Clerks of the Court Darla Marshall and Wendy Larsen are retiring this month and next. Larsen, so far, has not agreed to be interviewed, but Marshall’s sister Diana talked her into the interview. These are the people who keep the official records in the clerk’s office. Some of them are assigned to a judge to keep a record of the official happenings in the courtroom. Darla Marshall serves in the office of District 16 Judicial Court at the Otero County Courthouse. Larsen is the Court Executive of the entire 16th Judicial District, which includes Crowley as well as Otero County.
Marshall is the jury commissioner. She says she listens when people call in and say they can’t do jury duty at a particular season. Farmers and ranchers have seasons when they can’t leave, such as calving in the spring, so she changes them to a better time.
“We just keep calling until you get scheduled,” said Marshall.
Marshall, who is retiring before retirement age to help her daughter and son-in-law keep their children, one of whom is special needs, is a veteran of 42 years in law enforcement. She is the daughter of Gene and Mildred Marshall of Rocky Ford, and was born in the old Pioneer Hospital, now a nursing home. She has one daughter, Jolin Hall, who is married and living in Akron, Colo. She has two grandchildren, Kami, 7, and Zoie, 3. Marshall will be a live-in Mimi (grandmother) until her house can be built on the property, so her daughter can go back to college.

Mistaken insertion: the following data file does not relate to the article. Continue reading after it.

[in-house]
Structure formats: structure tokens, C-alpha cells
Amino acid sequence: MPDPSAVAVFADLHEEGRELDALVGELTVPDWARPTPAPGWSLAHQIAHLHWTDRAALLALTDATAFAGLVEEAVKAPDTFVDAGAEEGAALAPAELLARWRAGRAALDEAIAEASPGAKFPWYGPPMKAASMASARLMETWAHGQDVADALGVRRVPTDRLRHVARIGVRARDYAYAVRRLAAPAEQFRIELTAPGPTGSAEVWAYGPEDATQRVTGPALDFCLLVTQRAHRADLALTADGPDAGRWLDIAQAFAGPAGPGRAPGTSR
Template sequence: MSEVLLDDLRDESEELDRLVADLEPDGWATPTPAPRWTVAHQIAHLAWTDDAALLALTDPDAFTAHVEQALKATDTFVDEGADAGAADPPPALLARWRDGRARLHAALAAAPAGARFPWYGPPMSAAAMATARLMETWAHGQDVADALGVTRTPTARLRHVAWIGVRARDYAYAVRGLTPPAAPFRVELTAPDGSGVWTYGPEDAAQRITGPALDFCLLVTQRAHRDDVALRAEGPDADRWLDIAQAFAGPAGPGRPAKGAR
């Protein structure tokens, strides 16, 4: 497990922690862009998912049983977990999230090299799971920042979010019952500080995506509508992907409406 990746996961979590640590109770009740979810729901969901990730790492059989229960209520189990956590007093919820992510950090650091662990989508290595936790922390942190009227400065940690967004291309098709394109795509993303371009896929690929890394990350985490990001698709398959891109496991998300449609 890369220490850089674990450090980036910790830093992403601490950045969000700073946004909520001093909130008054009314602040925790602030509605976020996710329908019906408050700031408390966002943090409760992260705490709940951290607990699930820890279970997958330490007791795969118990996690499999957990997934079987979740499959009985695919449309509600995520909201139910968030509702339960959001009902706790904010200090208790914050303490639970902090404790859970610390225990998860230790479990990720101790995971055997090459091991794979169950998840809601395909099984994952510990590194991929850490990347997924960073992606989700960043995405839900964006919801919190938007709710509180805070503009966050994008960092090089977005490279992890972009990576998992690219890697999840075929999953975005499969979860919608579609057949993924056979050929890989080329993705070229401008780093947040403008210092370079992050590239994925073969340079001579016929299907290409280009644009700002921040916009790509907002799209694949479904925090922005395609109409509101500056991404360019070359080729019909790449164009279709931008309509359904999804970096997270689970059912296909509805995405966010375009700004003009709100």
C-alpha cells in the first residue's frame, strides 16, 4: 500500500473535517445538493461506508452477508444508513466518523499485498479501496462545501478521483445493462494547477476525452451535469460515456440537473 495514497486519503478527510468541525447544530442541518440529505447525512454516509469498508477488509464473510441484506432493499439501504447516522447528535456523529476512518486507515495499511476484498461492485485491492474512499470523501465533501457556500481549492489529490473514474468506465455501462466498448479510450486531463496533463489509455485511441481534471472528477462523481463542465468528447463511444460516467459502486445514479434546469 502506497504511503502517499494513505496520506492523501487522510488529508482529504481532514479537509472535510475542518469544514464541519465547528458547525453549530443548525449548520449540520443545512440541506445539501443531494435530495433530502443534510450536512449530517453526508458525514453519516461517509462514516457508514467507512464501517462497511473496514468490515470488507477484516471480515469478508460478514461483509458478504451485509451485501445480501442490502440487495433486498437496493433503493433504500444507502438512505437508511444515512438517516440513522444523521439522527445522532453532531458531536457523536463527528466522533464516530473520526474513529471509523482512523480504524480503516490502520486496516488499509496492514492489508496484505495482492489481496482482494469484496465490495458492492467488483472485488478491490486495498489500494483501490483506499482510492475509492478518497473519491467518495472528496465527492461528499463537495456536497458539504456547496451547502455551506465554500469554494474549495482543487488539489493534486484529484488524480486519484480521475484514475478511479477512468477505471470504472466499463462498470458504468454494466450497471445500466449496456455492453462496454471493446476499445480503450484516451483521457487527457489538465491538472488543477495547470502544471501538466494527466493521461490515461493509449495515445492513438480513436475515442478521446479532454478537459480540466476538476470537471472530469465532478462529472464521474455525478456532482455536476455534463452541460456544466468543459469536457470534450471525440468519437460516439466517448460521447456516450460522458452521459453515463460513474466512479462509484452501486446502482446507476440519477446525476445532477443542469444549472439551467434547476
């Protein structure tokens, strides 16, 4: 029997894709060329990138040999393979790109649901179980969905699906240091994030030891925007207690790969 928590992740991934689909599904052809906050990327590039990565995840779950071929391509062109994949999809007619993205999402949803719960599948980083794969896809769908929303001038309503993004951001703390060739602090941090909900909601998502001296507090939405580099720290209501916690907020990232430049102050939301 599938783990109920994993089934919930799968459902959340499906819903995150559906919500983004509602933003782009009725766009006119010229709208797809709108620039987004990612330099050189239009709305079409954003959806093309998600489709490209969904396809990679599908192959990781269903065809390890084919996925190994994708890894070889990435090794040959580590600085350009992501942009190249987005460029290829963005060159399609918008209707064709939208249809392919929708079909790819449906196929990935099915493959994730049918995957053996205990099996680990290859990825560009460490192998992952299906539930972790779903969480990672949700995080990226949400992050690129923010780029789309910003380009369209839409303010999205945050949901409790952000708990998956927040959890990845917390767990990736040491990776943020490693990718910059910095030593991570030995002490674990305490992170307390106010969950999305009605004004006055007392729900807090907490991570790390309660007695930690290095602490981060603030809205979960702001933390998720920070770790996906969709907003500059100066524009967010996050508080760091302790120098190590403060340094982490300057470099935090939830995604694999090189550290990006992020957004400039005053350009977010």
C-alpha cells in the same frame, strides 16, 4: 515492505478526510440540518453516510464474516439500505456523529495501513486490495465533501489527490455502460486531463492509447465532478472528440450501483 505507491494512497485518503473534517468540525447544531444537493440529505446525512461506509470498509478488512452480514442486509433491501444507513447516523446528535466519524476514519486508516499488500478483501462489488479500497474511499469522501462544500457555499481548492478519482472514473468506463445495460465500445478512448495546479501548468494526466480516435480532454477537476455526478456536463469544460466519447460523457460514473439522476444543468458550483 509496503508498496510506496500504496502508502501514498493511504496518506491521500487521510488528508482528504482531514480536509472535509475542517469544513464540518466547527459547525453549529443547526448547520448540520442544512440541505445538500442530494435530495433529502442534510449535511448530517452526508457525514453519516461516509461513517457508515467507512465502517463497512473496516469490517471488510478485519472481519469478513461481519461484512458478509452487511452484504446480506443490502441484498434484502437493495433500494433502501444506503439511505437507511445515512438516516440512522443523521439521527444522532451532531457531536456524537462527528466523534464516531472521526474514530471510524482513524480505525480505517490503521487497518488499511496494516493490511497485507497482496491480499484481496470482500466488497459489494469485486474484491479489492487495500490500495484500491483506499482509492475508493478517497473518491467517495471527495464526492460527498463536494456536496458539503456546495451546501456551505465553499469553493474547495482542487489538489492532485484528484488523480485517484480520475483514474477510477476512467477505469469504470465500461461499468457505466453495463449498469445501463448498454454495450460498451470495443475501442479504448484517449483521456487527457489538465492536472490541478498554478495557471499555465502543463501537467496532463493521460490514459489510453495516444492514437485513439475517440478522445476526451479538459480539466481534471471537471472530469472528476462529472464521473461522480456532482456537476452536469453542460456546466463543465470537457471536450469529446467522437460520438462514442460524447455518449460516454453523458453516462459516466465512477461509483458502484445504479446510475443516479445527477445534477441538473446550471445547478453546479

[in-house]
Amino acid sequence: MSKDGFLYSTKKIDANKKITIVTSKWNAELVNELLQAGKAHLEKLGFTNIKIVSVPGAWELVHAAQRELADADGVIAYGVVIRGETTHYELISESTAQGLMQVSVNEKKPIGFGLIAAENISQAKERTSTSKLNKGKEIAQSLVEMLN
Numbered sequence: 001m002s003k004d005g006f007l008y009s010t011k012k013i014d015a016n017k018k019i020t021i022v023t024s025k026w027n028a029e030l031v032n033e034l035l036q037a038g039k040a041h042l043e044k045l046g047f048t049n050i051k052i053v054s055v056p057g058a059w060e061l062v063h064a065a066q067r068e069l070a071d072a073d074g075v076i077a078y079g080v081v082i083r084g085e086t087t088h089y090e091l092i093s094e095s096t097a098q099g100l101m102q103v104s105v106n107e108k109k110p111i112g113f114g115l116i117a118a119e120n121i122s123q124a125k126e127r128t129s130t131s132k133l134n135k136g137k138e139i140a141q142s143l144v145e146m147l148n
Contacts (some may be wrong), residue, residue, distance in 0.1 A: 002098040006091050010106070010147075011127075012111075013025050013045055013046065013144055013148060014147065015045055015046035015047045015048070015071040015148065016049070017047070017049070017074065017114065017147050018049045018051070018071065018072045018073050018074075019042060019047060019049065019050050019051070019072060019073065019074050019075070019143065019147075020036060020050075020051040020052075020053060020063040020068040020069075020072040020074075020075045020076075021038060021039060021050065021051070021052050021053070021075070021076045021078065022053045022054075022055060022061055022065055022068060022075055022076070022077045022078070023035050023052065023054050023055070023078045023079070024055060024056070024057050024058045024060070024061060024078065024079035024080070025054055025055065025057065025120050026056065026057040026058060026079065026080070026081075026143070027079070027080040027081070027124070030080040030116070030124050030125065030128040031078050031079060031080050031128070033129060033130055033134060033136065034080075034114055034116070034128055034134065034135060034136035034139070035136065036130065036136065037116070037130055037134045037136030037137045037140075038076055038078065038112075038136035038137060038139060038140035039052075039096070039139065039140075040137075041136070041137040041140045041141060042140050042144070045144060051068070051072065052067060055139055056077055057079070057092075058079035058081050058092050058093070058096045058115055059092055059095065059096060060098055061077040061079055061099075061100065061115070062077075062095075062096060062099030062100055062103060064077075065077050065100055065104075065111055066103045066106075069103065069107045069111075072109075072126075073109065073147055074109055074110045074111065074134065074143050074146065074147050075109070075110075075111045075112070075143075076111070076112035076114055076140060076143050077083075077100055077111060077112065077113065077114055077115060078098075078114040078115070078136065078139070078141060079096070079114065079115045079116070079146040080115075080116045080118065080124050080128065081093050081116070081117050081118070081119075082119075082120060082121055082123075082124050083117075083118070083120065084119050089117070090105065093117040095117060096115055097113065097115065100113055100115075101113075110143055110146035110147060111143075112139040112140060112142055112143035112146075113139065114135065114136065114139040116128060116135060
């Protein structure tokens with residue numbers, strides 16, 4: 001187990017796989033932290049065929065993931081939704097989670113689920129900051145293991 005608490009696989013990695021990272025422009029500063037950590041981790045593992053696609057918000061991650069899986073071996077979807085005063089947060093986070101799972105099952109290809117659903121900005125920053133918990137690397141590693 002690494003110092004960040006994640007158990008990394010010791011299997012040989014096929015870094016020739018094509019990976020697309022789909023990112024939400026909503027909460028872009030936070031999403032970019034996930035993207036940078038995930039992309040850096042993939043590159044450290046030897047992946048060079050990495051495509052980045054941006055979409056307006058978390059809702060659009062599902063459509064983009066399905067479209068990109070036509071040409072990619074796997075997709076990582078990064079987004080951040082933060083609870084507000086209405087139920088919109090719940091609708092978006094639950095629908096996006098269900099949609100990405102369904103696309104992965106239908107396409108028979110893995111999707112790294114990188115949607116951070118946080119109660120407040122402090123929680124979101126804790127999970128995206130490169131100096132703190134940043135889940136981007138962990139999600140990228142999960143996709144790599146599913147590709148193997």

Darla Marshall went to work right out of Rocky Ford High School in 1975. She started as a 911 operator in Oklahoma City in 1977.
“You can’t believe the stress involved with answering 911 calls,” she said. “People do the most awful things to each other.”
In March, 1988 she moved closer to home at the Fort Collins police, fire and ambulance service center. It is the third ranked call center in the United States.
She is a certified Emergency Medical Dispatcher who can explain how to deliver a baby and treat gunshot wounds. While she was at Fort Collins, she handled domestic violence, hazmat, and hostage situations. In one hostage situation the perpetrator would only talk to her, and she talked him down.
It was at Fort Collins in August, 1992 that she was involved in the situation that was background for her most valued commendation. An officer of her acquaintance sometimes caught guff for always carrying his gun, but in this case, it saved his life and the lives of others. He was in church sitting in a pew behind a woman and her family when the woman’s ex-husband came into the church and forced the family to leave with him at gunpoint. The officer followed the group out the front of the church, where the ex-husband immediately shot his ex-wife, then seeing the officer, opened up on him. The officer returned fire, but sustained three gunshot wounds while taking the shooter down.
“The officer still has one of the bullets in him to this day,” said Marshall.
Since the incident happened on a Sunday, it was some time before the police got word and came to the scene. In the hospital later, the officer told Marshall, “When I heard you on the phone, I knew it was under control.” She has treasured his words to her ever since.
In March 1995 she moved back home to the Rocky Ford Police Department, where she worked as Administrative Assistant for two years and nin months.
She has now been with the judicial system for 22 years, starting in December 1997.
“I have seen it all,” Marshall said, “from the 911 call, through catching the criminals, and now the judicial system, where they come up to the counter to get their assignments.” She has been with District 16 court for 22 years.
Now she is ready for the calmer side of life.
“I don’t watch the news. I don’t want to read about crime,” said Marshall. “I’m ready for the flower part of life. We have Mimi and grandkids plans: we will bicycle, go to the park, walk around. The older grandkid can ride a two-wheeler and I will get a tricycle.”
The only retirement celebration here will be a potluck with her fellow employees. The big celebration will be her Mimi life in Akron.